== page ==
I would strongly disagree with your notion that an "overwhelming" amount of Alaskans oppose Pebble. There are a great deal of Alaskans who support Pebble Mine and the opinion of where Alaska as a whole stands on the issue depends on which side you ask. A great deal of the opposition also comes from environmental groups and people who aren't even Alaskan residents. I even saw an anti-pebble sticker in Maine this summer. What does some one in Maine know about the Pebble initiative and why is it their business?!? Stop trying to gain support from outside groups. I'm was born and raised in Alaska and I'm a strong supporter of the Pebble Mine!

Dave KodiakSep 25 2012 12:23 AM

Hey 4 Pebble,

Seriously, get a grip. Disposing of our renewable resources for s filthy gold and copper mine is crazy. You blast outsiders for opposing Pebble, yet the miners are foreign. But more importantly, you can't love Alaska and Pebble too. It ain't possible.

Jon CorbettSep 25 2012 12:56 AM

From here in Bristol Bay I can say that We oppose the industrial scale development required by PLP and the other projects waiting in the wings for Anglo-American's permitting process to succeed and their infrastructure to be built. The exploration alone has already cause declines in Salmon returns for the Koktuli, Upper and Lower Talarik Creeks. Bristol Bay was the only area of AK to meet all their escapement goals this year, just barely though. Why risk it even more?

With last weeks ruling that instructs the Alaska State Department of Natural Resources to re-write their illegally instituted 2005 Bristol Bay Area Plan, hopefully the millions of acres that DNR reclassified from wildlife habitat use to mining will be protected. The State of Alaska will have to provide for 90day public comment period after their new plan is unveiled sometime in January of 2013. The new plan should be in effect sometime in the Summer of 2013.

Thanks to NDRC for bring national attention to this crucial issue...

Jon Corbett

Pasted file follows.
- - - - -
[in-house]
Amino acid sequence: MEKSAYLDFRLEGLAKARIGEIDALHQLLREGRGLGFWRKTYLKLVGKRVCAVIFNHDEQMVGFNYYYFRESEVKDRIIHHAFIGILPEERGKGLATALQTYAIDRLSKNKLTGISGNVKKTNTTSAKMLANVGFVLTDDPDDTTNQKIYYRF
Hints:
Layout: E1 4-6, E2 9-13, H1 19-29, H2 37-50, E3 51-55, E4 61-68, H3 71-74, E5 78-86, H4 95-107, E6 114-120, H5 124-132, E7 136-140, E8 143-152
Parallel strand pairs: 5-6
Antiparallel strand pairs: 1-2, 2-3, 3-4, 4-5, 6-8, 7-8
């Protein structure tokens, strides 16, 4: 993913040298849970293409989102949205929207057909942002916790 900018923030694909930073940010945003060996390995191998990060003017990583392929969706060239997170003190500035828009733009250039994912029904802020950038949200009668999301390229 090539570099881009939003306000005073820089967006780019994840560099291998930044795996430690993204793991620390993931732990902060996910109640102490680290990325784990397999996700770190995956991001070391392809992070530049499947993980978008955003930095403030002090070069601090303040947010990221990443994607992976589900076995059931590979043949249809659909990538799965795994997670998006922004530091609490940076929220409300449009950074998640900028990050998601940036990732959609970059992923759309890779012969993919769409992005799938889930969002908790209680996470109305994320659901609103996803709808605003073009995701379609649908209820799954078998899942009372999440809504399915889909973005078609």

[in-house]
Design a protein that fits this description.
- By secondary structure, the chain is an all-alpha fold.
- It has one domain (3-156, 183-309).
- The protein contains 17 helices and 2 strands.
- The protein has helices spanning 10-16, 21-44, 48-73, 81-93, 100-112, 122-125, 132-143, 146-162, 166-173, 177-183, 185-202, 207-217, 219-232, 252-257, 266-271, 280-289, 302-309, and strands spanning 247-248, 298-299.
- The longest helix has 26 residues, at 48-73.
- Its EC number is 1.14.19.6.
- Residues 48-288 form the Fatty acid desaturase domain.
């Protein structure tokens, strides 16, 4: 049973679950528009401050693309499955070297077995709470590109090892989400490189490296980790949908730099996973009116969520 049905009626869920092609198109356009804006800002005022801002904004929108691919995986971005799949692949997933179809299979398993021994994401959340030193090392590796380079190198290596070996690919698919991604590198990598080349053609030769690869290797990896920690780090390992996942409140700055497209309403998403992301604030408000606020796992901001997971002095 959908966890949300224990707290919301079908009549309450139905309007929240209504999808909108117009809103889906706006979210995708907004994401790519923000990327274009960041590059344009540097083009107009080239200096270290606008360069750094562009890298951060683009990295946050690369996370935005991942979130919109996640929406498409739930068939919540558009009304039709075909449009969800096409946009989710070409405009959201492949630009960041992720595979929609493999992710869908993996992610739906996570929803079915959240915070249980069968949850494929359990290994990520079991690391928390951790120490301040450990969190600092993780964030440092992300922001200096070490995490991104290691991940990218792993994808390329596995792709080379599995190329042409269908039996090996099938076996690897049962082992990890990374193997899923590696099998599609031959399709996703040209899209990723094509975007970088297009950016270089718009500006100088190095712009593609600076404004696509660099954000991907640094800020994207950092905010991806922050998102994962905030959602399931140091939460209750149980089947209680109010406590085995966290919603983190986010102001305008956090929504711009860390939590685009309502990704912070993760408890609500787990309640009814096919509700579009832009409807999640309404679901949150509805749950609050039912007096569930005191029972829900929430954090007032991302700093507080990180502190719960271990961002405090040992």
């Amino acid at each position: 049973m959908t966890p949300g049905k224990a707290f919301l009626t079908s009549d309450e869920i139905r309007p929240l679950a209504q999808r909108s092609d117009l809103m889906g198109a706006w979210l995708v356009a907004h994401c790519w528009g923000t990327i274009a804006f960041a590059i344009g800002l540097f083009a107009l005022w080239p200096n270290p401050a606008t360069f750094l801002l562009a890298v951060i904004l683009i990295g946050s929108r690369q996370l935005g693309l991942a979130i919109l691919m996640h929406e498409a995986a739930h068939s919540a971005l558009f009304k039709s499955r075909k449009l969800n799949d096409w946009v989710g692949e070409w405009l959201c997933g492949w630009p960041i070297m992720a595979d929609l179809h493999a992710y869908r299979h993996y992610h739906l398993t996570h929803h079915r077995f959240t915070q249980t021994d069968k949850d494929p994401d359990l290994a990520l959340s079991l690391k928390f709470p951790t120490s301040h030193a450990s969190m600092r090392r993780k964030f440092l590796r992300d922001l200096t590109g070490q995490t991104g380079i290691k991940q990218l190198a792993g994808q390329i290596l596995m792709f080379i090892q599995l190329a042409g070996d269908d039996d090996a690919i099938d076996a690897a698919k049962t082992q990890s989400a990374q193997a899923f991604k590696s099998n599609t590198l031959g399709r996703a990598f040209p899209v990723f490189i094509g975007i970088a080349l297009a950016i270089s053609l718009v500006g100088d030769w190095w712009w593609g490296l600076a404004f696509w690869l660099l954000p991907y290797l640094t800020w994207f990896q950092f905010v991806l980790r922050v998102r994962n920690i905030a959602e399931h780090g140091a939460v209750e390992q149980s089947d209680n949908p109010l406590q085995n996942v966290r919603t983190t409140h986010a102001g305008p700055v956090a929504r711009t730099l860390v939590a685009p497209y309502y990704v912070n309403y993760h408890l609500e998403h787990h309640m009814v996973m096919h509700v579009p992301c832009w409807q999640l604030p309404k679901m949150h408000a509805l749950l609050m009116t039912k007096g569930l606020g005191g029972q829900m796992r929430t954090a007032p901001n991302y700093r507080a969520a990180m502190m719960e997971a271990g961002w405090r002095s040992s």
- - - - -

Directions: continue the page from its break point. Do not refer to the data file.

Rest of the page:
Melvin WillardSep 25 2012 01:40 PM

Why not Pebble? Aren't 500-1000 jobs for 50-75 years worth sacrificing 2,000-5,000 jobs that otherwise would go into perpetuity?

Jeanne DevonSep 25 2012 05:17 PM

You can disagree with "overwhelming" all you like, but almost 70% of Alaskans oppose the mine, and more than 80% of commercial fishermen oppose it. I don't know what it takes to overwhelm you, but that's pretty decisive. Alaskans stand to gain nothing from this mine except a few jobs, maybe. On the other hand, we have everything to lose, including thousands of jobs, and the world's largest wild salmon fishery - nevermind the local cultural impact, and environmental impact on the larger region. Why do people outside care? Um. Because they eat our fish and they like it. It's kind of a big industry here. The outside groups that should stay the hell out of Alaska are Anglo American (UK) and Northern Dynasty Minerals (Canada).

Dylan McFarlaneSep 26 2012 08:27 AM

Miss Kiekow - You are paid to promote your organization's agenda , which is formally stated as this: Safeguard the Earth. Your organization is clearly ideological and the NRDC and similar organizations receive significant financial support from Bob Gillam, overwhelming the main opponent to this project. Do you remember how he paid the Russian Orthodox Church for their stated opposition? He even flew them around in a jet across Bristol Bay!